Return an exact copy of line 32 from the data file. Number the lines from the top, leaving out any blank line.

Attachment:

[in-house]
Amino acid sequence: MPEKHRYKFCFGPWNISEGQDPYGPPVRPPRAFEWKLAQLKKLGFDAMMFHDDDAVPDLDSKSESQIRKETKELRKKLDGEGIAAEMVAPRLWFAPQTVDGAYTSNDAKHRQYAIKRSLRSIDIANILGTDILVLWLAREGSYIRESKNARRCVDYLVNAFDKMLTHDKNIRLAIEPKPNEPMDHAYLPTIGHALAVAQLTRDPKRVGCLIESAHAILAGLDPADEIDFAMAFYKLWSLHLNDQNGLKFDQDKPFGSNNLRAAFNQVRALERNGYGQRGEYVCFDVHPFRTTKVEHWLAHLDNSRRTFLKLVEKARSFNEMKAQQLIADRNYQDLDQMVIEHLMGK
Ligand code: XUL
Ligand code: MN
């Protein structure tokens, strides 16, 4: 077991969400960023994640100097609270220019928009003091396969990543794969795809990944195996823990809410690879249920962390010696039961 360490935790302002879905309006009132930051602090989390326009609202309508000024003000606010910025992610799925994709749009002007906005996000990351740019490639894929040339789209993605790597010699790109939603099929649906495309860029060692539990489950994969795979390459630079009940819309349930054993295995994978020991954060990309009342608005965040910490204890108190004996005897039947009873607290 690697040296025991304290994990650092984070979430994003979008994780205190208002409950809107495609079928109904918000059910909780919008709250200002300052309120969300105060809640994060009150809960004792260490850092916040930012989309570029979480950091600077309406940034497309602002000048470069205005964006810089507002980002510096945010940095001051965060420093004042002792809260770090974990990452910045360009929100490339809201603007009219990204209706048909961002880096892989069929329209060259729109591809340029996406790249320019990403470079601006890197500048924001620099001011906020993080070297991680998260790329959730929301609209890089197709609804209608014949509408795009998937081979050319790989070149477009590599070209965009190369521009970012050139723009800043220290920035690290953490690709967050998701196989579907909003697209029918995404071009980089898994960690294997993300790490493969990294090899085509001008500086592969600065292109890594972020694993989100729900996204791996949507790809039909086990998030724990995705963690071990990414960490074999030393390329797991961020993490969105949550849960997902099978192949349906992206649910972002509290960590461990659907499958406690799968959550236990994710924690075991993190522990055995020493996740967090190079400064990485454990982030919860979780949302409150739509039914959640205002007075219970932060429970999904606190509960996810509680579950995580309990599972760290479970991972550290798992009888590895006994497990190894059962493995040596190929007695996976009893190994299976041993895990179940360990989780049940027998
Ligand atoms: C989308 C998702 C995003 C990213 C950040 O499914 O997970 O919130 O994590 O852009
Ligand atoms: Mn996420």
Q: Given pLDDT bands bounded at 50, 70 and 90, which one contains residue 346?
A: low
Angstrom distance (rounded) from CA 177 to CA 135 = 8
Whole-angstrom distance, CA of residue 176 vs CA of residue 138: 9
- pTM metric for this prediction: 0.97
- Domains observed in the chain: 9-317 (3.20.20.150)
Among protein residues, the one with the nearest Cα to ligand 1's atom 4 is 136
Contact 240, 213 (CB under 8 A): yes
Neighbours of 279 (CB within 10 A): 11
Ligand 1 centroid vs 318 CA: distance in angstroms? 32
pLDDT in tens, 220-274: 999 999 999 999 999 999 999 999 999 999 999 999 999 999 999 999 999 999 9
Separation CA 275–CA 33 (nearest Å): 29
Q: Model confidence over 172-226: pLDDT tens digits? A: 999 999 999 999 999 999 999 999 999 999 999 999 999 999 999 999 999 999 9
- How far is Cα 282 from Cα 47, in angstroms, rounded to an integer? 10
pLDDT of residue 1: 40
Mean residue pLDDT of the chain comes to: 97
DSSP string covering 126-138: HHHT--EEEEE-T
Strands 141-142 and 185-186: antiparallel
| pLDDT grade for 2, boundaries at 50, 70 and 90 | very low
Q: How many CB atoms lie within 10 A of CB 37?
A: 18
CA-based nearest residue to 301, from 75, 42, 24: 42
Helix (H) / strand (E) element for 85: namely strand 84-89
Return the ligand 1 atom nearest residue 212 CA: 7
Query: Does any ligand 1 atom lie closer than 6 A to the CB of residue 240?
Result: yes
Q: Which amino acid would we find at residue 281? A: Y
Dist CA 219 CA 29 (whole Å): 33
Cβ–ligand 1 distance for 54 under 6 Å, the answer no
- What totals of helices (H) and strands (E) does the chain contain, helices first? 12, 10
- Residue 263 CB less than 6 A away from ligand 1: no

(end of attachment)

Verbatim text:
Query: Does any ligand 1 atom lie closer than 6 A to the CB of residue 240?